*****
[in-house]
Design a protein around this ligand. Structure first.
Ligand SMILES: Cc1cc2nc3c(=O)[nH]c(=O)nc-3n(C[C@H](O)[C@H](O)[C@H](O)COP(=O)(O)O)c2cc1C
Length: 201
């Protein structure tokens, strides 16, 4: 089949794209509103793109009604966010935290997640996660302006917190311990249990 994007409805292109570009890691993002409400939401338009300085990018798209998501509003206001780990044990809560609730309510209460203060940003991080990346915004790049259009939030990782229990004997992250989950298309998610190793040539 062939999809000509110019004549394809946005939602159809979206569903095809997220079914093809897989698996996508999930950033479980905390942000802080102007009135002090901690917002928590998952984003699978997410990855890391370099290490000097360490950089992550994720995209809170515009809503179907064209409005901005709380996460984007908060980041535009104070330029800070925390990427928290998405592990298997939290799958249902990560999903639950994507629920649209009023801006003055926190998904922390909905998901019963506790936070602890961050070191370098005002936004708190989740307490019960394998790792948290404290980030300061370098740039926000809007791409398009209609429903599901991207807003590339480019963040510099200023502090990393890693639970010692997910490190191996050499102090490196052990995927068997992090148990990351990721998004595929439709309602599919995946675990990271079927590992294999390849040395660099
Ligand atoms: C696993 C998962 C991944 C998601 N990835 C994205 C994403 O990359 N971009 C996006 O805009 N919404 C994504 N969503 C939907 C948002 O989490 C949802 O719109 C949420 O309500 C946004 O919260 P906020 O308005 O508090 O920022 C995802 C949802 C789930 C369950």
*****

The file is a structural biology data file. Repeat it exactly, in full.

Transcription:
[in-house]
Design a protein around this ligand. Structure first.
Ligand SMILES: Cc1cc2nc3c(=O)[nH]c(=O)nc-3n(C[C@H](O)[C@H](O)[C@H](O)COP(=O)(O)O)c2cc1C
Length: 201
């Protein structure tokens, strides 16, 4: 089949794209509103793109009604966010935290997640996660302006917190311990249990 994007409805292109570009890691993002409400939401338009300085990018798209998501509003206001780990044990809560609730309510209460203060940003991080990346915004790049259009939030990782229990004997992250989950298309998610190793040539 062939999809000509110019004549394809946005939602159809979206569903095809997220079914093809897989698996996508999930950033479980905390942000802080102007009135002090901690917002928590998952984003699978997410990855890391370099290490000097360490950089992550994720995209809170515009809503179907064209409005901005709380996460984007908060980041535009104070330029800070925390990427928290998405592990298997939290799958249902990560999903639950994507629920649209009023801006003055926190998904922390909905998901019963506790936070602890961050070191370098005002936004708190989740307490019960394998790792948290404290980030300061370098740039926000809007791409398009209609429903599901991207807003590339480019963040510099200023502090990393890693639970010692997910490190191996050499102090490196052990995927068997992090148990990351990721998004595929439709309602599919995946675990990271079927590992294999390849040395660099
Ligand atoms: C696993 C998962 C991944 C998601 N990835 C994205 C994403 O990359 N971009 C996006 O805009 N919404 C994504 N969503 C939907 C948002 O989490 C949802 O719109 C949420 O309500 C946004 O919260 P906020 O308005 O508090 O920022 C995802 C949802 C789930 C369950």